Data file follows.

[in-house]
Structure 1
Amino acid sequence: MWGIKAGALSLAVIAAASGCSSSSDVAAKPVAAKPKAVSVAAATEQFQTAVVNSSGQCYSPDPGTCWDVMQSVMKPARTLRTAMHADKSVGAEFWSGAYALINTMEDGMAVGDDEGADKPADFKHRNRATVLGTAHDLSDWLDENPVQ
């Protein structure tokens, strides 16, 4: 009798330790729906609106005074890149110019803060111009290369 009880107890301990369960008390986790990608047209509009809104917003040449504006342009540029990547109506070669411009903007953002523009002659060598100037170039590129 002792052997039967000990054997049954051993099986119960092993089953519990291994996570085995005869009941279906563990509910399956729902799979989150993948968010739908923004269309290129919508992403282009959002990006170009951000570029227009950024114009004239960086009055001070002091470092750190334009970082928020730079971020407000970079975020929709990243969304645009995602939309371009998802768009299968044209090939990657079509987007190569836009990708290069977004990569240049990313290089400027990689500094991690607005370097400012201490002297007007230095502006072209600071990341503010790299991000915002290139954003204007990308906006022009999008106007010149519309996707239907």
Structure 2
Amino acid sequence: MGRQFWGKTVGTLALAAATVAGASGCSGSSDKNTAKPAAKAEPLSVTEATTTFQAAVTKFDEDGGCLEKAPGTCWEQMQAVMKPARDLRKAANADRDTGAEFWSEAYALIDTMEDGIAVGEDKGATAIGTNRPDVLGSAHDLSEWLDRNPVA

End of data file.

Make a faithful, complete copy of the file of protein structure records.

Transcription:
[in-house]
Structure 1
Amino acid sequence: MWGIKAGALSLAVIAAASGCSSSSDVAAKPVAAKPKAVSVAAATEQFQTAVVNSSGQCYSPDPGTCWDVMQSVMKPARTLRTAMHADKSVGAEFWSGAYALINTMEDGMAVGDDEGADKPADFKHRNRATVLGTAHDLSDWLDENPVQ
């Protein structure tokens, strides 16, 4: 009798330790729906609106005074890149110019803060111009290369 009880107890301990369960008390986790990608047209509009809104917003040449504006342009540029990547109506070669411009903007953002523009002659060598100037170039590129 002792052997039967000990054997049954051993099986119960092993089953519990291994996570085995005869009941279906563990509910399956729902799979989150993948968010739908923004269309290129919508992403282009959002990006170009951000570029227009950024114009004239960086009055001070002091470092750190334009970082928020730079971020407000970079975020929709990243969304645009995602939309371009998802768009299968044209090939990657079509987007190569836009990708290069977004990569240049990313290089400027990689500094991690607005370097400012201490002297007007230095502006072209600071990341503010790299991000915002290139954003204007990308906006022009999008106007010149519309996707239907």
Structure 2
Amino acid sequence: MGRQFWGKTVGTLALAAATVAGASGCSGSSDKNTAKPAAKAEPLSVTEATTTFQAAVTKFDEDGGCLEKAPGTCWEQMQAVMKPARDLRKAANADRDTGAEFWSEAYALIDTMEDGIAVGEDKGATAIGTNRPDVLGSAHDLSEWLDRNPVA